Bentley's move was part of a calculation. In 1710 the Tories had come in under Harley and St. John. Mrs. Bentley was related to St. John, and also to Mr. Masham, whose wife had succeeded the Duchess of Marlborough in the Queen's favour. Bentley reckoned on commanding sufficient influence to override the Bishop's jurisdiction by a direct interposition of the Crown. He was disappointed. The Attorney-general and the Solicitor-general reported that, in their opinion, the Bishop of Ely was Visitor of Trinity College in matters concerning the Master; adding that Bentley could, if he pleased, try the question in a court of law. This was not what Bentley desired. He now wrote to the Prime-minister, Harley, who had recently escaped assassination, and, with the offi Lord High Treasurer, had been created Earl' Bentley's letter is dated July 12, 1711. “T more," he writes," than that her Majest commissioners to examine into a"

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... and to punish where the faults shall be found. ... I am easy under everything but loss of time by detainment here in town, which hinders me from putting my last hand to my edition of Horace, and from doing myself the honour to inscribe it to your Lordship's great name.” The Premier did his best. He referred the report of the Attorney and Solicitor to the Lord Keeper, Sir Simon Harcourt, and Queen's Counsel. In January, 1712, they expressed their opinion that the Sovereign is the General Visitor of Trinity College, but that the Bishop of Ely is Special Visitor in the case of charges brought against the Master. The Minister now tried persuasion with the Feilows. Could they not concur with the Master in referring their grievances to the Crown? The Fellows declined. A year passed. Bentley tried to starve out the College by refusing to issue a dividend. In vain. The Ministry were threatened with a revision, in the Queen's Bench, of their veto on the Bishop. They did not like this prospect. On April 18, 1713, Bolingbroke, as Secretary of State, authorised the Bishop of Ely to proceed.

Bentley's ingenuity was not yet exhausted. He proposed that the trial should be held forthwith at Cambridge, where all the College books were ready to hand. Had this

me, he must certainly have been acquitted, si

tors had not yet worked up their case.

lows unwarily consented. But the House, in London, as the place of of November, 1713, as the time. ay intervened. At last, in Mar, in in the great hall of Els Hoose. g Miller, were employed for the Bentley. Bishop Moore had to is assessors - Lord Cowper, sn er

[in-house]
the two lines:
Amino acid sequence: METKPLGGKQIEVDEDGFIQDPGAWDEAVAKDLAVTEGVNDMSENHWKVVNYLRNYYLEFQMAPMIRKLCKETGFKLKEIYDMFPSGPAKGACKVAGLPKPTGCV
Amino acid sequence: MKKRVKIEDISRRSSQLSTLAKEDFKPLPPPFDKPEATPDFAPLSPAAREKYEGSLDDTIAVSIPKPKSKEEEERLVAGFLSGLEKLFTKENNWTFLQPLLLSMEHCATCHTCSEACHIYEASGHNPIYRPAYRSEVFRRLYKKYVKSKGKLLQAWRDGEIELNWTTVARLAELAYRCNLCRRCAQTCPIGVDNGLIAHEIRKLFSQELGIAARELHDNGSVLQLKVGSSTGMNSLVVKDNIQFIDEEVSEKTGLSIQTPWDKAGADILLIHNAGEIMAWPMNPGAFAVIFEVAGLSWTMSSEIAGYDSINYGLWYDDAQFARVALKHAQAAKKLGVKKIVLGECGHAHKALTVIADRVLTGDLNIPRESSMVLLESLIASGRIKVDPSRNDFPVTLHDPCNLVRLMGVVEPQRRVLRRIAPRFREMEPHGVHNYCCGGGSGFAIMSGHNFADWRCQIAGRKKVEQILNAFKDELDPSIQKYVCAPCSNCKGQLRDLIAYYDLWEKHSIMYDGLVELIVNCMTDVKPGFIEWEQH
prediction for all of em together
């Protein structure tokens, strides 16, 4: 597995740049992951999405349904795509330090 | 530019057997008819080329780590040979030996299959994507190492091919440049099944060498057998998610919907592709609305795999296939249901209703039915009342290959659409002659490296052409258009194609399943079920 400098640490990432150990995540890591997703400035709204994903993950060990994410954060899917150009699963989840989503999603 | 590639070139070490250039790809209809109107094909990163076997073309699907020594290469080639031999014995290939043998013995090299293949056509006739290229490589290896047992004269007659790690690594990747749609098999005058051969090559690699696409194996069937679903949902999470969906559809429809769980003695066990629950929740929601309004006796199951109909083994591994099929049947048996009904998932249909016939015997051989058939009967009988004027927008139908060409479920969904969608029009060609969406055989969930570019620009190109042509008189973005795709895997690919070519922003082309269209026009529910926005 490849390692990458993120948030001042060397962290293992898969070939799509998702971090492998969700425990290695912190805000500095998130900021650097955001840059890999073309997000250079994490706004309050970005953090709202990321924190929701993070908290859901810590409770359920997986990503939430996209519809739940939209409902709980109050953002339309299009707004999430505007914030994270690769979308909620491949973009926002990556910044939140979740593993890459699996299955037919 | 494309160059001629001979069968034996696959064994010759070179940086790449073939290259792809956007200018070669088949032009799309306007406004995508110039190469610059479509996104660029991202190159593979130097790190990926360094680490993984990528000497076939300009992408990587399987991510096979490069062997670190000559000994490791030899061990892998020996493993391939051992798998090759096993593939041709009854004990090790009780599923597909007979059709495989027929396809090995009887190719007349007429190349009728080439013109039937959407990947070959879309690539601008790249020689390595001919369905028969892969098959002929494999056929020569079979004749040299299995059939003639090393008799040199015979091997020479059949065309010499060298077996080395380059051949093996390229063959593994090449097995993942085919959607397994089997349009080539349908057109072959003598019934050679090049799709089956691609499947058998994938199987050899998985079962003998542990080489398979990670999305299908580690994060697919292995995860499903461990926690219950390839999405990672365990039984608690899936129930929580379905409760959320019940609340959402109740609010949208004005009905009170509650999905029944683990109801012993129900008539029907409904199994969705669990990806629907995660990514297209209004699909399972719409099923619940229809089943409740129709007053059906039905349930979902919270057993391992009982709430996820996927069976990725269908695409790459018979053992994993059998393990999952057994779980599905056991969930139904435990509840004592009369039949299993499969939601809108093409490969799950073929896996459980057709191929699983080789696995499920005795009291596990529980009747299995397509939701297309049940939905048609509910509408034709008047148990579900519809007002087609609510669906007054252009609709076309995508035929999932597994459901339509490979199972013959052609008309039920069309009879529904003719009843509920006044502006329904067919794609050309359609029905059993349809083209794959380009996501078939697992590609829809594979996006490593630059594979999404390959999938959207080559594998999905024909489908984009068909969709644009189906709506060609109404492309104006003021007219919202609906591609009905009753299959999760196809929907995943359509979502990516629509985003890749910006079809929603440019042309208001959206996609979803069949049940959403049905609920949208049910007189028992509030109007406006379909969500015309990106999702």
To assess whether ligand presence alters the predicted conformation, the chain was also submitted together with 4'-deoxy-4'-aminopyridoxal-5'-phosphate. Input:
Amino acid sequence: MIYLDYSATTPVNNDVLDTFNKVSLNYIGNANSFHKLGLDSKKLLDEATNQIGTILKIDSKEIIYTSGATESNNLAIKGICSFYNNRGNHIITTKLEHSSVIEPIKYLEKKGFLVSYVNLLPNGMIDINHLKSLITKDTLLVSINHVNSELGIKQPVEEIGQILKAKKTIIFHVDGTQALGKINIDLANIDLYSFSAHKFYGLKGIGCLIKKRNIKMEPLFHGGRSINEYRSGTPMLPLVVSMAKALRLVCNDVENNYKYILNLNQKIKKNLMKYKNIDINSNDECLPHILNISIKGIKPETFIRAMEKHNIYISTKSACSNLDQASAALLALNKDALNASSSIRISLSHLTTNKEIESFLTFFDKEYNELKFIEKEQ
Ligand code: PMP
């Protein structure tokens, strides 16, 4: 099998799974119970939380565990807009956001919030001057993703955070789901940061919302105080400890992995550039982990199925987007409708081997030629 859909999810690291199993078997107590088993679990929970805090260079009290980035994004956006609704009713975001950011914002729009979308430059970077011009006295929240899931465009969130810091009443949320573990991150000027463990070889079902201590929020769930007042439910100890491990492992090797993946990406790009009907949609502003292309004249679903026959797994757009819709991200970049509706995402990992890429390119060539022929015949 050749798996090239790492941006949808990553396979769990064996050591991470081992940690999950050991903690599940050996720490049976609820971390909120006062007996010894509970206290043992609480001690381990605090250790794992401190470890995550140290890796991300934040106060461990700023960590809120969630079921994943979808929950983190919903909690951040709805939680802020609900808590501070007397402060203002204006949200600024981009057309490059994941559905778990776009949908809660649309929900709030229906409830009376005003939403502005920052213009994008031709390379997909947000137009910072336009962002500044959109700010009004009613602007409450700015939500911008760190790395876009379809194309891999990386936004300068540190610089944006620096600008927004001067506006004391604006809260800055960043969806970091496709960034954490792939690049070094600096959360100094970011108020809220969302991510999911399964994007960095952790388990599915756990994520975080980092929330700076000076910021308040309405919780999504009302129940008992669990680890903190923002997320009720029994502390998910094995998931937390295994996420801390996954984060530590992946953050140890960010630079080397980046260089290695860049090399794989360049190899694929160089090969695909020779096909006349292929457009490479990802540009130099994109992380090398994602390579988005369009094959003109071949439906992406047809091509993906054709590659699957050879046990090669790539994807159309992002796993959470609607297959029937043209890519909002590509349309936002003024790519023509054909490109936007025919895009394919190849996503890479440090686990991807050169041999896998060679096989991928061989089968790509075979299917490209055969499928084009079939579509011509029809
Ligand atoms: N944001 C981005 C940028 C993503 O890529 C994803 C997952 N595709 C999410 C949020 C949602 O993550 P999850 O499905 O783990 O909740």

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Chancellor, and Dr. Newton. Public feeling was at first with Bentley, as a distinguished scholar and divine. But the prosecutors had a strong case. An anecdote of the trial is given by Bentley's grandson, Cumberland. day the Bishop intimated, from his place as Judge, that he condemned the Master's conduct. For once, Bentley's iron nerve failed him. He fainted in court.

After lasting six weeks, the trial ended about the middle of June. Both sides now awaited with intense anxiety the judgment of the Bishop and bis assessors. The prosecutors were confident. But week after week elapsed in silence. The Bishop had caught a chill during the sittings. On July 31 he died. The next day, August 1, 1714, London was thrilled by momentous news.

Queen Anne was no more. The British Crown had passed to the House of Hanover. Ministers had fallen; new men were coming to power; the political world was wild with excitement; and the griefs of Trinity College would have to wait.

Bentley's escape had been narrow. After Bishop Moore's death, the judgment which he had prepared, but not pronounced, was found among his papers : “By this our definitive sentence, we remove Richard Bentley from his office of Master of the College.” Dr. Monk thinks that the Bishop had meant this merely to frighten Bentley into a compromise with the Fellows. Possibly; though in that case the Bishop would have had to reckon with the other side. But in any case Bentley must have accepted the Bishop's terms, and these must have been such as would have satisfied the prosecutors. If not ejected, therefore, he would still have been defeated. As it was, he got off scot-free.

The new Bishop of Ely, Dr. Fleetwood, took a different line from his predecessor. The Crown lawyers had held